Home Banking The one big thing missing from modern digital banking – FinTech Futures

The one big thing missing from modern digital banking – FinTech Futures

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Financial services technology has come a long way, but too often genuine personalisation is still not part of the offering. Find out why that’s a big problem, and how rethinking the data layer is a key to the solution.

Rethinking the data layer is a key to genuine personalisation in fintech

It may not always seem that way, but many banks were early adopters of technologies that enabled the development of digital banking services. By 2000, a majority of banks in advanced economies offered some form of online banking, although by modern standards these services were slow and very limited.

Today, however, many digital banking services are much faster, more secure, and increasingly sophisticated, with payment and other banking functions instantly accessible via a huge range of connected devices. These capabilities are now complemented by a powerful array of other online financial services, including savings, investments, mortgages, insurance, and account aggregation.

The missing puzzle piece: personalisation

That sounds great, right? But one critical element of the ideal digital banking service is still too often missing: genuine personalisation. Banks may offer increasingly well-crafted products and useful services, but in many cases the customer experience fails to reflect an individual’s circumstances, choices, or previous interactions with the bank. Banks still have a long way to go in order to tailor products, services, and customer interactions to match their users’ specific needs and preferences.

That is a real problem in a world where software companies are disrupting industry after industry, in large part because they offer more personalised services than their legacy counterparts. Growing numbers of consumers are now accustomed to interacting with a wide variety of vendors offering fast and reliable online services that incorporate some degree of personalisation, from retailers to on-demand streaming services. In that context, consumers may find it difficult to understand why their bank cannot provide the same level of customisation. While other businesses treat consumers as individuals and not account numbers, too many banks still make their customers feel more like the latter.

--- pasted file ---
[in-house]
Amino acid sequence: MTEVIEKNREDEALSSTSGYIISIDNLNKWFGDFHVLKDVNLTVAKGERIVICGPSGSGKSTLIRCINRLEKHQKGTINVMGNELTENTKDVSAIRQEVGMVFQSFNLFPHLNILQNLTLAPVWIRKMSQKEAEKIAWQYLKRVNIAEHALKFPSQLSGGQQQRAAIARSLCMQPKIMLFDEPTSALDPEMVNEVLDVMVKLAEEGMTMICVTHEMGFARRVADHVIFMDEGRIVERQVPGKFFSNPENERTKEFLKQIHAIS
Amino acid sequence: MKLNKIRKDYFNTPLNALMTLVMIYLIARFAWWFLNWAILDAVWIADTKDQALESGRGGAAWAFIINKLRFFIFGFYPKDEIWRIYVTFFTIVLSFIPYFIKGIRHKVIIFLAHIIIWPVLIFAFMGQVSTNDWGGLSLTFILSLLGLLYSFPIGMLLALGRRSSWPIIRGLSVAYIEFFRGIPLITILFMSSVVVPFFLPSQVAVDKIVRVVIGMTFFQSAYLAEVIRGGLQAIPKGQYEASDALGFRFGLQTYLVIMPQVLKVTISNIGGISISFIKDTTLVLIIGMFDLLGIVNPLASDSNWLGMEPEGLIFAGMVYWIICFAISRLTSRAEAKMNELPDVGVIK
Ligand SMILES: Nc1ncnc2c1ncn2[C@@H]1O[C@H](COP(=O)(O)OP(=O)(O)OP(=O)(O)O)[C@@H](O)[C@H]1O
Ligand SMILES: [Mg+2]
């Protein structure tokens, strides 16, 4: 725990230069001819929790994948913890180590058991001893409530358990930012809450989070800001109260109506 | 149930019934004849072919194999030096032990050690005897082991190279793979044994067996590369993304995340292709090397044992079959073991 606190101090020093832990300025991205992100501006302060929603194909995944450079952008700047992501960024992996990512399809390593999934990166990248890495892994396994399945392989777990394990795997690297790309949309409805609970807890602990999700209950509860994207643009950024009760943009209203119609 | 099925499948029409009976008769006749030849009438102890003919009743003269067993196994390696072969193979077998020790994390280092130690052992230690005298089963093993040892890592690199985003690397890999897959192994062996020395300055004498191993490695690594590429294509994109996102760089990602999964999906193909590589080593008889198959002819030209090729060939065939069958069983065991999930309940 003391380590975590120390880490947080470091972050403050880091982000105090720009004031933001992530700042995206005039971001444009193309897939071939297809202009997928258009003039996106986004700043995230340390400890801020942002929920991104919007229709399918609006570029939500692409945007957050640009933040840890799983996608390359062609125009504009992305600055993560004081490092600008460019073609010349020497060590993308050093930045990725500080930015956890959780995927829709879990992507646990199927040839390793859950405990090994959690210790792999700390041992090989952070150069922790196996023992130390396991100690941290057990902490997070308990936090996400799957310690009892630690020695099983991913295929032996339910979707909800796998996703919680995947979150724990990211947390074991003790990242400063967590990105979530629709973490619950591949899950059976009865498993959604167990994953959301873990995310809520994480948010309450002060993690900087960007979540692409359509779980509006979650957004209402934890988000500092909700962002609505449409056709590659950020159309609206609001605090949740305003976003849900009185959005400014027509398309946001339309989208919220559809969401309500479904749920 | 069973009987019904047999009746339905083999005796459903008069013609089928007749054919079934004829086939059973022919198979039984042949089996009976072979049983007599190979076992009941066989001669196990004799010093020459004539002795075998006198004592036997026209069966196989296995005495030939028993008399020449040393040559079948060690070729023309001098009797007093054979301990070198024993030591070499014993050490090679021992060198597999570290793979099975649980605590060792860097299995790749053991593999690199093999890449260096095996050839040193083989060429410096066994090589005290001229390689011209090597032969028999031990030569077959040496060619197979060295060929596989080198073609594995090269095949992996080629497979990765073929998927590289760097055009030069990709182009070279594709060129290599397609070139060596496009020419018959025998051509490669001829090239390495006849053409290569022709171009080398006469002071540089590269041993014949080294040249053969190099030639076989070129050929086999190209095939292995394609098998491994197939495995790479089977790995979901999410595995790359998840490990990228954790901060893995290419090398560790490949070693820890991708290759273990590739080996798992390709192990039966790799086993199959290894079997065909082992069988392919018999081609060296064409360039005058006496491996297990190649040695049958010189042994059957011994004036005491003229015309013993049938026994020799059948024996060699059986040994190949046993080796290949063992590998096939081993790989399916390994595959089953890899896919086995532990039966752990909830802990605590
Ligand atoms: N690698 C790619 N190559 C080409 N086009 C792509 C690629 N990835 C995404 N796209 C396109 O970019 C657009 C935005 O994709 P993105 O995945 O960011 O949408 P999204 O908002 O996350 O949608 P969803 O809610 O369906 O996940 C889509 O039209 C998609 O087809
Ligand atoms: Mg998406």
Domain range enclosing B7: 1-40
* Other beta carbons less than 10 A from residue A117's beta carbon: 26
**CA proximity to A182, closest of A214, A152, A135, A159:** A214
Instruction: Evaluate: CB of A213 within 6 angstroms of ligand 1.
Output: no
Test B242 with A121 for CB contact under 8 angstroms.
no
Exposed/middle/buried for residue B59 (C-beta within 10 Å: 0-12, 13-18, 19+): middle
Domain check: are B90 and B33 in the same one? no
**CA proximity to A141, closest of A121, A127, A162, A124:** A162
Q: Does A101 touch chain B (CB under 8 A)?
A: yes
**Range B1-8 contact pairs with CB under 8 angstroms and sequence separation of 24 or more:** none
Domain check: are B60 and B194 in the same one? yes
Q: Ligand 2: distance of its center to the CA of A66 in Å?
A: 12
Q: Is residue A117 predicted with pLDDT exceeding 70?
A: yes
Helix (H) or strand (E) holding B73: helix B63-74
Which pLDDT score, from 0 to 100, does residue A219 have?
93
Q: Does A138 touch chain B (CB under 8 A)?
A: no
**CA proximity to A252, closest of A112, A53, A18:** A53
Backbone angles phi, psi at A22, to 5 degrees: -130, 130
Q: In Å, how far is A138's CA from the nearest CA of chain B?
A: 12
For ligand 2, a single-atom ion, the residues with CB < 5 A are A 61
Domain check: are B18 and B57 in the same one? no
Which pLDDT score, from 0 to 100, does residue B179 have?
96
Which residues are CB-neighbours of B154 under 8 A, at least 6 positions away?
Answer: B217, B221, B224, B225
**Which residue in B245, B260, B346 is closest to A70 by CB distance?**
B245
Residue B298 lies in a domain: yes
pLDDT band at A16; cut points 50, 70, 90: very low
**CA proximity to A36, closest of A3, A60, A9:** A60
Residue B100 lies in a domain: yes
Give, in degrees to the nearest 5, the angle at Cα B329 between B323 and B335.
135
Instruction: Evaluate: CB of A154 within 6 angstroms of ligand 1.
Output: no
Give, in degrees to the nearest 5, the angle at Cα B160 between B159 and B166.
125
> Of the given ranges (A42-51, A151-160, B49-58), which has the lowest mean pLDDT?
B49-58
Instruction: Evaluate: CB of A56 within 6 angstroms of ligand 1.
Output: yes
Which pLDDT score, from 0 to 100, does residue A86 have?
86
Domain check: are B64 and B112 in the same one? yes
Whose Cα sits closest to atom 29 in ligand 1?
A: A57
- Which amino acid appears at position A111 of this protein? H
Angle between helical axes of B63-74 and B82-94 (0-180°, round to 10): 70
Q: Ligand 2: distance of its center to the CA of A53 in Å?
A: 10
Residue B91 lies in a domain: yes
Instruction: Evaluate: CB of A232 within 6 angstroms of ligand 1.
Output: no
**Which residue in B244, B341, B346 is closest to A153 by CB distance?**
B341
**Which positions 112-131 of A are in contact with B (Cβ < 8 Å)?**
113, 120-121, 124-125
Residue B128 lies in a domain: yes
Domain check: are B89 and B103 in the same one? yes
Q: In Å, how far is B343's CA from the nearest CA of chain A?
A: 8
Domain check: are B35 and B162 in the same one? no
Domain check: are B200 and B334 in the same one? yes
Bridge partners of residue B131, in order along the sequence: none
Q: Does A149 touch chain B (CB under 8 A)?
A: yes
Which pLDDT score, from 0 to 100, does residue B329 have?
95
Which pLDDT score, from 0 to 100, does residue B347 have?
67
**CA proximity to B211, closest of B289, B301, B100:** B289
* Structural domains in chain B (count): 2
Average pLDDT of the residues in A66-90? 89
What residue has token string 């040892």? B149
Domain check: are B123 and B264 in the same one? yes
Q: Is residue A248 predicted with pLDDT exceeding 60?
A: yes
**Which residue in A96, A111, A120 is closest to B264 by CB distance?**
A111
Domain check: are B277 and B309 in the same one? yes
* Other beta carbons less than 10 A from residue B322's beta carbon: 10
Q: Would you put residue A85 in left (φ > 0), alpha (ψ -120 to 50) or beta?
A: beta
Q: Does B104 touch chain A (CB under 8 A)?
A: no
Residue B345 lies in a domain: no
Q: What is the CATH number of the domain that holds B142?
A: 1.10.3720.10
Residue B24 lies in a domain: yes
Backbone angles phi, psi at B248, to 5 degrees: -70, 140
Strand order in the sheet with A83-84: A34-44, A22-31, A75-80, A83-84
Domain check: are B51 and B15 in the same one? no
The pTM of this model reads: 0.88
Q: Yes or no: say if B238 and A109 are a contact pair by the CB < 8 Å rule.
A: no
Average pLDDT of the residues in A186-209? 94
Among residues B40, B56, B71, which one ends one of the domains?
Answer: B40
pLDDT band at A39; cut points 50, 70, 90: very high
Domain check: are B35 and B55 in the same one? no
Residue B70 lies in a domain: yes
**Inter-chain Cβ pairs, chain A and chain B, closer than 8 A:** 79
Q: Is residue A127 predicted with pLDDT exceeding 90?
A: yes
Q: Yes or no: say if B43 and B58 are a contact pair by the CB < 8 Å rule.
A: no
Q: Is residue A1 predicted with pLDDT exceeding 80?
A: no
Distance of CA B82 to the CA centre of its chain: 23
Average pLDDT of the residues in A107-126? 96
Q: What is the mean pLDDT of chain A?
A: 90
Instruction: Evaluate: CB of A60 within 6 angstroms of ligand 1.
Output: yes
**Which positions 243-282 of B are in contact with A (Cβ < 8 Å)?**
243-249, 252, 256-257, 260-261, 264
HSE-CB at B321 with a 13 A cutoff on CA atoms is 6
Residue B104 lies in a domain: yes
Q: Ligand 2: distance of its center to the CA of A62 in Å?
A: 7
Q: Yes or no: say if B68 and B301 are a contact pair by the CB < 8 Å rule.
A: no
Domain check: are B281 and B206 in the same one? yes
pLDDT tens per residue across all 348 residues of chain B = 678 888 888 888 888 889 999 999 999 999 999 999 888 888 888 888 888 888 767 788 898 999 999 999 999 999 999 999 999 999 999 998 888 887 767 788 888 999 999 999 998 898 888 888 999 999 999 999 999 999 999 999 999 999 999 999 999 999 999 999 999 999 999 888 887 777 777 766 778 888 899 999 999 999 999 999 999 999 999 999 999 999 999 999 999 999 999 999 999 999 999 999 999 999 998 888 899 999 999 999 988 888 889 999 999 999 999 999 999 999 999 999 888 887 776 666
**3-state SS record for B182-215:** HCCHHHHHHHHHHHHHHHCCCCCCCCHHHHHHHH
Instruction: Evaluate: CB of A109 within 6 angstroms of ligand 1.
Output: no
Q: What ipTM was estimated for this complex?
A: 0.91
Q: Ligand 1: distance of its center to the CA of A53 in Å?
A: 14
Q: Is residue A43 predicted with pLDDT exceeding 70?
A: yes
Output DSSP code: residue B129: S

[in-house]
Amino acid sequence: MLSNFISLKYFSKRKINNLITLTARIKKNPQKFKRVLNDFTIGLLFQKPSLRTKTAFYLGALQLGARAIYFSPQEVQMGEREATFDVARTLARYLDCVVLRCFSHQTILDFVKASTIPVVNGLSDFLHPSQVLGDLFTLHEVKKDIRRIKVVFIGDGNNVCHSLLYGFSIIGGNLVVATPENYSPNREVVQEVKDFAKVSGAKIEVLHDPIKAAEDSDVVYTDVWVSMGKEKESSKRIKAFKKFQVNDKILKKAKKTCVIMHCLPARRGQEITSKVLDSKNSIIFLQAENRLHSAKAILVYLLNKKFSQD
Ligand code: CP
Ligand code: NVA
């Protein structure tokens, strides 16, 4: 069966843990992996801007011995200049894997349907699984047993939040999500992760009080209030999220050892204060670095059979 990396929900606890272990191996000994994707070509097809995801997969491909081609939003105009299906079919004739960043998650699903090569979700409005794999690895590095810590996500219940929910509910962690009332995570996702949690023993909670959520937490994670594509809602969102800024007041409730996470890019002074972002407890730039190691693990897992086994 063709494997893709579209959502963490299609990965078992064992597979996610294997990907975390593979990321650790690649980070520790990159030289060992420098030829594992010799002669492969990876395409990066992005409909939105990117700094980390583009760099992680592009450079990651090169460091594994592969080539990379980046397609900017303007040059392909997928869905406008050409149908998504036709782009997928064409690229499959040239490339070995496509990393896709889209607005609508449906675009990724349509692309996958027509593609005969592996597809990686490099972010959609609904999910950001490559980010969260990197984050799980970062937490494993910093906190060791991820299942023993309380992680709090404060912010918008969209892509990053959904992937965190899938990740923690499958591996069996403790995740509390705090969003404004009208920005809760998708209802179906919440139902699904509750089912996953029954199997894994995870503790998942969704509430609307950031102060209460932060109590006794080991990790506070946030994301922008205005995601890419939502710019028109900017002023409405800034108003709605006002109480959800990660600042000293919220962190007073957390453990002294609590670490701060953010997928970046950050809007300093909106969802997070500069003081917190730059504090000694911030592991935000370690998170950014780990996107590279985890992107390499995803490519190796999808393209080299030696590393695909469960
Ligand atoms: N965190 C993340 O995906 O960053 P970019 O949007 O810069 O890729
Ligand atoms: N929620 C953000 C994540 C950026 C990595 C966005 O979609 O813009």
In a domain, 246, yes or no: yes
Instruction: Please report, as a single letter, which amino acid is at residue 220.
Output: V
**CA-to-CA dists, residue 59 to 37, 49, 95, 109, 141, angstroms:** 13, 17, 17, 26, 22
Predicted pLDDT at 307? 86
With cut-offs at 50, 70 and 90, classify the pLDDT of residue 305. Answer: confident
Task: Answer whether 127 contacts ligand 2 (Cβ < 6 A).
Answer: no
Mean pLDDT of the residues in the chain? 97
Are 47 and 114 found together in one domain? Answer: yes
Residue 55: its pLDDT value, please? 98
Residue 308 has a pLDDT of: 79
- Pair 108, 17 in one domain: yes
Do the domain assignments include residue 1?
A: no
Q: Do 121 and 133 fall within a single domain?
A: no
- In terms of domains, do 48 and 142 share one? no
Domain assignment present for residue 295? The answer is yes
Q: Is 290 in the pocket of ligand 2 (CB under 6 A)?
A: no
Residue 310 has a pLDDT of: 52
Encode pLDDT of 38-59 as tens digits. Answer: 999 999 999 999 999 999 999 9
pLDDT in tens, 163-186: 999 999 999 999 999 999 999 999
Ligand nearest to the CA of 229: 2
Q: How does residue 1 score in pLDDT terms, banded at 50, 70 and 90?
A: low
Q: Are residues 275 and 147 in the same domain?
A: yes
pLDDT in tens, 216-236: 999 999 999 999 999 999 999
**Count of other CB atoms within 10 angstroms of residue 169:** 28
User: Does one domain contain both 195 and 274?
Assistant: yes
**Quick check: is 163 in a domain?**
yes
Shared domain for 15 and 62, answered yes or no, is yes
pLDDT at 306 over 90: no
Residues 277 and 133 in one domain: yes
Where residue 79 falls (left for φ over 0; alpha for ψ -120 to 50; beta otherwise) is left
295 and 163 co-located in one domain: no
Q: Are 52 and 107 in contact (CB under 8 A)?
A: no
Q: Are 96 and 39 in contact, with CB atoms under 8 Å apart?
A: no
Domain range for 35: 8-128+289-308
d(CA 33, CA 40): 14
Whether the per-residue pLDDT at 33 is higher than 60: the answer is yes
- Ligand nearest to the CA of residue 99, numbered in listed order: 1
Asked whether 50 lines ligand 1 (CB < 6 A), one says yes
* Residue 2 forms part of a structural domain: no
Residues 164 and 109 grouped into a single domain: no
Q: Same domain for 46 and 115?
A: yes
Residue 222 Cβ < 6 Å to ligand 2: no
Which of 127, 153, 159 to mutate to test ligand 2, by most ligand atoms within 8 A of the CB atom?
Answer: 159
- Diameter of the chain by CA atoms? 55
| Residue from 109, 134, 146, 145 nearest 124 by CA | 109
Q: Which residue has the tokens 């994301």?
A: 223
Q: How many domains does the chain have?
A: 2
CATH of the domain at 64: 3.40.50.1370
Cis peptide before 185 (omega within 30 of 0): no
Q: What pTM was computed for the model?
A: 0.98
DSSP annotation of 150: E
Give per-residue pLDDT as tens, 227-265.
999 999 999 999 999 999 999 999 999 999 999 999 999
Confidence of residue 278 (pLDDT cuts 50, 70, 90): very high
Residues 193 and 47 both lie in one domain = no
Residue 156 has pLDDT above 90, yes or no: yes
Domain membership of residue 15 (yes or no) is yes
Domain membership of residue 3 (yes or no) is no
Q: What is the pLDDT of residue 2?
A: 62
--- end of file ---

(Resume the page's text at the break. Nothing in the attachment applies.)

Rethink your data layer strategy to enable personalisation

Obviously, banks and financial service institutions have access to a rich trove of customer data, and it appears that banks and fintech companies that use this data to successfully personalise their digital services enjoy significant commercial benefits. In 2019, research by KPMG based on the views of 84,000 consumers in 20 countries revealed a clear correlation between personalisation and brand loyalty in 18 of those markets, including the US, the UK, Australia, Brazil, France, Germany, and Italy. Consumers consistently awarded higher ratings to banks with the best personalisation capabilities.

But banks can build desirable personalised services only if they rethink their data layer strategies. They need data infrastructures able to provide the power, speed, flexibility, and scalability to draw useful information out of enormous volumes of customer data – and turn that information into personalised offers and interactions. Achieving this for a massive customer base requires the ability to respond quickly to very large numbers of processing requests.

So, what must financial institutions do in order to rethink their data layer strategies to enable personalisation and reap its benefits? Find out in Redis Labs’ new white paper – The Power of Personalisation: Driving Digital Banking Success – which explains what institutions need to consider in their data architecture to successfully deliver the personalisation that today’s customers expect. You’ll also learn how Redis Enterprise delivers the performance, scalability, and security required to enable the future of digital banking.

By Aaron Sun, product marketing, Redis Labs